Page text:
Recent statements by agency managers and the media regarding this year’s unprecedented number of grizzly bear deaths and conflicts in Yellowstone have been, in a word, disappointing. They have lacked the information we need to learn from to avoid problems in the future – problems that can be expected to mount in the face of massive changes in natural grizzly bear foods. One could even argue that statements by officials, reiterated by the media, have been misleading, contradictory, and ignored issues essential to protecting the public trust.

We are talking here about a threatened population of one of the most iconic and popular animals in and around the nation’s oldest Park, Yellowstone. We are talking here too about whether management and decision-making serves the interests of a broad diverse public—local, regional, national and international—who have been deeply engaged over the last several decades in the fate of the last 1% of grizzly bears we have left in the lower-48 states. (Hundreds of thousands of comments were submitted to the U.S. Fish and Wildlife Service (FWS) and state agencies from across the nation, expressing overwhelming opposition to the FWS decision to remove endangered species protections for Yellowstone grizzlies in 2007.) And we’re talking about the safety of the public during a year that has witnessed so far 7 maulings, 2 human deaths and 411 human-bear conflicts (my tally from the recent Interagency Yellowstone Grizzly Bear (IGBC) meetings).

First, the misleading parts. Agency press releases claim that there are “at least 603 grizzly bears” in the population—“an all time high”. But given the great deal of acknowledged uncertainty in measuring a wide-ranging species like the grizzly bear, a point estimate is not particularly meaningful. The agencies know this, which is why a range is always reported in the government’s annual reports.

And so what are the actual numbers this year in the Yellowstone region? At the recent IGBC meeting, a range of 549-641 grizzly bears was given — not that different from 2009 (523-641), or 2008 (535-656), or 2007 (513-629) So it is simply untrue that bears reached “an all time high” this year, given the uncertainties inherent in the methods used, and the ranges reported over the past four years. The statement that there were “at least 603 bears” in the population also implies that this is a minimum number rather than a central estimate, which is flat out wrong. Why would the facts be spun this way if not to paint a rosier picture of the health of the grizzly bear population to boost the political argument that it should be delisted?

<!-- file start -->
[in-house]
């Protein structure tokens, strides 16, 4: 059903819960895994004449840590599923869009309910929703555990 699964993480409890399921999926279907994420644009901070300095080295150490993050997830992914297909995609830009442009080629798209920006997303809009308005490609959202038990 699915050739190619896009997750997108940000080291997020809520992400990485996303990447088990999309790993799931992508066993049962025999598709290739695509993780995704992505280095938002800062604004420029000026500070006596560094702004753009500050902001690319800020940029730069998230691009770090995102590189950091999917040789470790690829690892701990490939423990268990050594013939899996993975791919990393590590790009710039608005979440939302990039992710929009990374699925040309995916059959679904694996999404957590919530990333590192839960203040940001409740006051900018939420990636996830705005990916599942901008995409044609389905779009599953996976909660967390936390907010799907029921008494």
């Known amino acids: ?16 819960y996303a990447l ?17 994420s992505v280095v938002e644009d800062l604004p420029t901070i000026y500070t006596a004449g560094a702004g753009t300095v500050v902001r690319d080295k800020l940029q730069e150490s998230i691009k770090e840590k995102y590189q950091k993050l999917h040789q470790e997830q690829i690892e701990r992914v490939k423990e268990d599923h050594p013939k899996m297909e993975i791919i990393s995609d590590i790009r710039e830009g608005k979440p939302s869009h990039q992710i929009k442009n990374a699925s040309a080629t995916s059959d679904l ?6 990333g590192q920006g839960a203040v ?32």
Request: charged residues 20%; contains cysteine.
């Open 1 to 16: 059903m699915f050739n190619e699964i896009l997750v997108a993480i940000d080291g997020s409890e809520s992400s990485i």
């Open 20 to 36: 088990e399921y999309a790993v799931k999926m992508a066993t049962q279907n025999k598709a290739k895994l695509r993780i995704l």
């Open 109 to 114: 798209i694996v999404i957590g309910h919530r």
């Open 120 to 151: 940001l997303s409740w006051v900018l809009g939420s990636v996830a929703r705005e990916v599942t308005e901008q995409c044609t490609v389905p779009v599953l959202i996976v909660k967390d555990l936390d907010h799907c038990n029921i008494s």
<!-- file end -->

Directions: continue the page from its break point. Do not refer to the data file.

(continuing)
More misleading stuff. At the IGBC meetings, it was also reported by government scientists that the population is actually leveling off. That is to be expected in light of recent years of record-level mortalities—48 total estimated for 2008, 41 in 2009, and 49 (an all time record) known thus far this year—not counting the “multipliers” used to estimate unreported mortalities.(These multipliers factor in the bears that are thought to have died but have not been reported.) So we could be looking at a year like 2009, when 10-13% of the population was estimated to have died. That’s a lot of mortality for an animal that is the slowest to reproduce of any in North America.

But that story – of a population that is no longer growing, and may even be decreasing – was not told by the press, nor were the implications of a possible decline discussed at the meetings. Instead, the agencies, as well as the media, persist in claiming that the population continues to climb at 4-7% per year. This claim is misleading at best, because it is a retrospective look at historical data going back to 1996, before two key bear foods—cutthroat trout and whitebark pine—tanked . Said another way, incorporating the earlier good years in the estimates has the effect of washing out the impacts that occurred later, especially after cutthroat trout and whitebark pine collapsed.